Monday, August 22, 2011

The History Of My Mom's 6 Ingredient Crockpot Recipe

This post was prompted by the 108th edition of the Carnival of Genealogy, which was focused on food. I think it's such a fabulous idea to look at our family history in terms of food!

Food is tied to so many things, from culture to health, how we cook to the brands we use, our relationships with food and our family ties over food... So many interesting facets to consider! (You really should spend some time reading the posts at that carnival link!) Each of us has many memories of family food s which don't revolve around those consumed at holidays.


Back in the day, when my mom was a single mom raising two little girls, she went to cupboard and found that while not completely bare, it certainly left a lot to be desired... But like most mothers, the real mothers of invention when it comes to necessity, my mom took what she found, along with some ground hamburger meat, and made a dish that lives on in our family.


When I first ate it, and indeed for many years of eating it, I had no idea this was a meal born of poverty or thrift. It was just dinner. Years later, knowing the truth behind the meal has comforted me more than just filling my belly; it's proof that having to scrimp isn't always bad and (perhaps most comforting of all) the knowledge that when times and cupboards are lean the kids typically have no idea. Less guilt, hooray!

Now my kids know this meal best as the start of the football season (more on that below); but I hope when they grow up, have families of their own and they make this dish, that they'll remember we all go though hard times. At those times, you make the most of what you've got until you get through it. And we all get through it.

The name, Corny Rot, derives from mom's lament that things weren't better. For me and mine, we just love it. It's easy and inexpensive to make -- and gives you easy to reheat leftovers too. The recipe allows great fluidity in terms of recipe size and ingredient substitution, for special diets, etc. This meal is also a great alternative to chili, if you, like I, have those who complain about chili for everything from "it's too spicy" to "I don't eat beans." And, of course, knowing the tradition brings another sense of warmth to the meal for me.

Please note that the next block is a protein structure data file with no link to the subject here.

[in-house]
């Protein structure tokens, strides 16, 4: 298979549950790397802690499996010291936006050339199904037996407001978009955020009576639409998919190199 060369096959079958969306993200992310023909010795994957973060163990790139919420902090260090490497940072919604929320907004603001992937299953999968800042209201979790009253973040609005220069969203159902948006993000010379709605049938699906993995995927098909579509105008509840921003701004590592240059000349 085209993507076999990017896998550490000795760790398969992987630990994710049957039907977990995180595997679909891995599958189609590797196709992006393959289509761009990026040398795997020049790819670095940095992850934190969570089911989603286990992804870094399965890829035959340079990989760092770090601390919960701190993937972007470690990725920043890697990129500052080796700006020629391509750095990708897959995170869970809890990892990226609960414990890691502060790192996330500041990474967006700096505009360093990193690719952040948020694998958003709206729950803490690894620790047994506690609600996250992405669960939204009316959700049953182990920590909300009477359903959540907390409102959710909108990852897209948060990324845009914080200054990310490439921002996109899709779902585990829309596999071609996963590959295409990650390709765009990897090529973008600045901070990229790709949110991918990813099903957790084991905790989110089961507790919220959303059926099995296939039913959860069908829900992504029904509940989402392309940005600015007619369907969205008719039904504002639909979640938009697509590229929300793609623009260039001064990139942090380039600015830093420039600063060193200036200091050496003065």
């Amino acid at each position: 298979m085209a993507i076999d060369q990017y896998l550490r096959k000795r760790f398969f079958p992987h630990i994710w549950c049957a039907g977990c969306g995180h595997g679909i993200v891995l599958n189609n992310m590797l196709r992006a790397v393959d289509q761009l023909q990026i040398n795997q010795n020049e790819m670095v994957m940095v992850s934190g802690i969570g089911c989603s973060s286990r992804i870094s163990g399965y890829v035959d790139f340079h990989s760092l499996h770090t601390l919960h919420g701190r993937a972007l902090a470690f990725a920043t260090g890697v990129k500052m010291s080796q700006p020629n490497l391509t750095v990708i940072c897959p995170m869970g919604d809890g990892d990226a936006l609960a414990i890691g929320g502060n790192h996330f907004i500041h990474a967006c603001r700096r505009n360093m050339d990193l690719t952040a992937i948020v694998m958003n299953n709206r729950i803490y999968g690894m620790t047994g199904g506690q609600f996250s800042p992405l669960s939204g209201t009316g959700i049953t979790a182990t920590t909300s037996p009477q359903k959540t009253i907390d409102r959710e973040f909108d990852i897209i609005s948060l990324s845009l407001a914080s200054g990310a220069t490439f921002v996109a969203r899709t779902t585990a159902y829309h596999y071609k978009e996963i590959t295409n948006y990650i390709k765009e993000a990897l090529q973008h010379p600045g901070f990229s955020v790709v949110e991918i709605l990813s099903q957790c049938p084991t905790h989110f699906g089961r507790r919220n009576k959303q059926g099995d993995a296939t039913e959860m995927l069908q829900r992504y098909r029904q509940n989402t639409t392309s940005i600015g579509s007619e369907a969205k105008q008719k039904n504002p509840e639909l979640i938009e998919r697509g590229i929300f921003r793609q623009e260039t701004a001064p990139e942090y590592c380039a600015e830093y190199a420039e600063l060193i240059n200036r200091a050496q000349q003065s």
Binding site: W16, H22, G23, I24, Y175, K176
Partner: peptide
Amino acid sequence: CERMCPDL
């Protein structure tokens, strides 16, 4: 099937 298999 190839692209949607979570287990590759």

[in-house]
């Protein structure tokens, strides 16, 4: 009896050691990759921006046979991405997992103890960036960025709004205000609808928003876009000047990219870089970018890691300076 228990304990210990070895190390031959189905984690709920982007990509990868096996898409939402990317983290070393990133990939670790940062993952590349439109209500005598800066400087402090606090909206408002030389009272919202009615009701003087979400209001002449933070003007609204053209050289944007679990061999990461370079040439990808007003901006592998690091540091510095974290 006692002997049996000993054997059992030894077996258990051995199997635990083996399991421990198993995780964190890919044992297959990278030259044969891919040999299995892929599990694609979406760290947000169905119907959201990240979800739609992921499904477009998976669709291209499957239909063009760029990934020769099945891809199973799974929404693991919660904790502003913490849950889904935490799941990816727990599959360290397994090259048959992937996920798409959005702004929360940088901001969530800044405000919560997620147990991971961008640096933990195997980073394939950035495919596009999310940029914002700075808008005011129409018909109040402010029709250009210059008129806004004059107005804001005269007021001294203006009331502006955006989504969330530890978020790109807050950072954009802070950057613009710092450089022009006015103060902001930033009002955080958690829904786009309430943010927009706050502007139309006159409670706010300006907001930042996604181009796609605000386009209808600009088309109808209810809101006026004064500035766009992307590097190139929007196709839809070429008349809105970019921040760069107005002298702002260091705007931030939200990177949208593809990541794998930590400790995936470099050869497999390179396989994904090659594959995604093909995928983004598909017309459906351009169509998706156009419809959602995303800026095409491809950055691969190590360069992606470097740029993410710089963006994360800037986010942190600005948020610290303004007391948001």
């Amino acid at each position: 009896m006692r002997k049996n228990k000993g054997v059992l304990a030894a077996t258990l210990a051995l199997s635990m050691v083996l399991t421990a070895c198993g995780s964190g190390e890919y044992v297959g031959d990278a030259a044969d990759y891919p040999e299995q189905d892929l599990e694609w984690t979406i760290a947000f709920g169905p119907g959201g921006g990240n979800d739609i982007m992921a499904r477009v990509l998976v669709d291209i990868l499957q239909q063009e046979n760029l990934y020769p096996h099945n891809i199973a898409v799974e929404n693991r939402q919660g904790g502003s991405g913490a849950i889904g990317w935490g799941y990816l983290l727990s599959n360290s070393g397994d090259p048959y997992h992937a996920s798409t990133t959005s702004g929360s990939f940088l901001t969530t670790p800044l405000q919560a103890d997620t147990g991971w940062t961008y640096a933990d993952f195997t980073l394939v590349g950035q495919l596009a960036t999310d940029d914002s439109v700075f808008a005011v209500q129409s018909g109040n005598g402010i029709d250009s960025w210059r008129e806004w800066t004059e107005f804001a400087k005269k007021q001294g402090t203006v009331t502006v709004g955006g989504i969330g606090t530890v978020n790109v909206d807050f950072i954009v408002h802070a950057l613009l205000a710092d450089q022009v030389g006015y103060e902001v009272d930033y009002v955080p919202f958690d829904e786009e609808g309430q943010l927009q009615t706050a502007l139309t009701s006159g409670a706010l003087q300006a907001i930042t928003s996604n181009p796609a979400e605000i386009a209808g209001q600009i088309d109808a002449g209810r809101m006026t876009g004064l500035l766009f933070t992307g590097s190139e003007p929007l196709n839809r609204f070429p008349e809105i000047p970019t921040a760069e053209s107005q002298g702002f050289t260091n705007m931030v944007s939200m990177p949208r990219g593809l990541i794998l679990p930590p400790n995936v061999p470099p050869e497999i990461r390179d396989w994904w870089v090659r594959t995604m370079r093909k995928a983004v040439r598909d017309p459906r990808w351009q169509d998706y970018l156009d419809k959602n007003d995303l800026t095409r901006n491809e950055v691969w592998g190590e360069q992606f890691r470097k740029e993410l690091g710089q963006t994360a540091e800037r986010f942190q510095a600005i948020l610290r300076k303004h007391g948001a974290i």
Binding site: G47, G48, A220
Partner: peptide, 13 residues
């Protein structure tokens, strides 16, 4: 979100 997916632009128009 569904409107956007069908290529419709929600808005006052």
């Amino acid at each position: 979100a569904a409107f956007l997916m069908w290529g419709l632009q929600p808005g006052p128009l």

Mom's original recipe is below -- complete with the brand names that she used and that I, in tradition, prefer to use. (My notes on any adjustments will be in parenthesis, just like this comment!)

Corny Rot: Crockpot Recipe

2 cans (29 oz.) of Hunt's tomato sauce
2 cans (10 3/4 oz.) of Campbell's tomato soup
2 cans (15 oz.) of whole kernel corn
1 can (14 oz.) of Hunt's stewed tomatoes (completely optional; no one in my family will eat stewed tomatoes, so I don't bother)
1 1/2 pounds of ground beef (I now use 2 or 3 pounds of ground beef or ground turkey meat -- which totally guarantees leftovers. But, in lean times, I've also made it with as little as one pound of ground meat.)
1 pound of Creamette's elbow macaroni (I usually use half of the 3 pound box, or 1 1/2 pounds of noodles)

Open and pour the tomato sauce, soup and, if used, stewed tomatoes into a crock pot or slow-cooker. Stir. Drain the cans of corn of their packing water, then add the kernel corn to the crock pot. Cover the crock pot; turn crock pot on "high."

Brown ground meat (I use lemon pepper to season at this time). Drain browned ground meat and add it to the crock pot. Stir in. Replace cover and leave.

At least an hour later, prepare the elbow macaroni (per box directions).

When the noodles are ready, drain them. Place noodles in bowls; ladle the contents of the crockpot over the noodles.
While there's no reason not to eat this year round, this dish signals the start of the football season for my family. Brown the meat and load the crock pot in the morning, before the game starts; make the noodles at half-time. When everyone returns to the TV for the second half of the game, the meal is ready and your kitchen duties are done! Folks can get refills as often as they wish.

When everyone's done eating, add the remaining noodles to the crock pot, cover, and place in the refidgerator for a quick microwavable meal later. (I think it even tastes better the next day, when the tomato sauce etc. adds flavor to the noodles!)

I also discovered the Best Six Ingredients Or Less Dinner Recipe Contest and I realized that in telling one of my family's stories and sharing the recipe I also had a contest entry. *wink*

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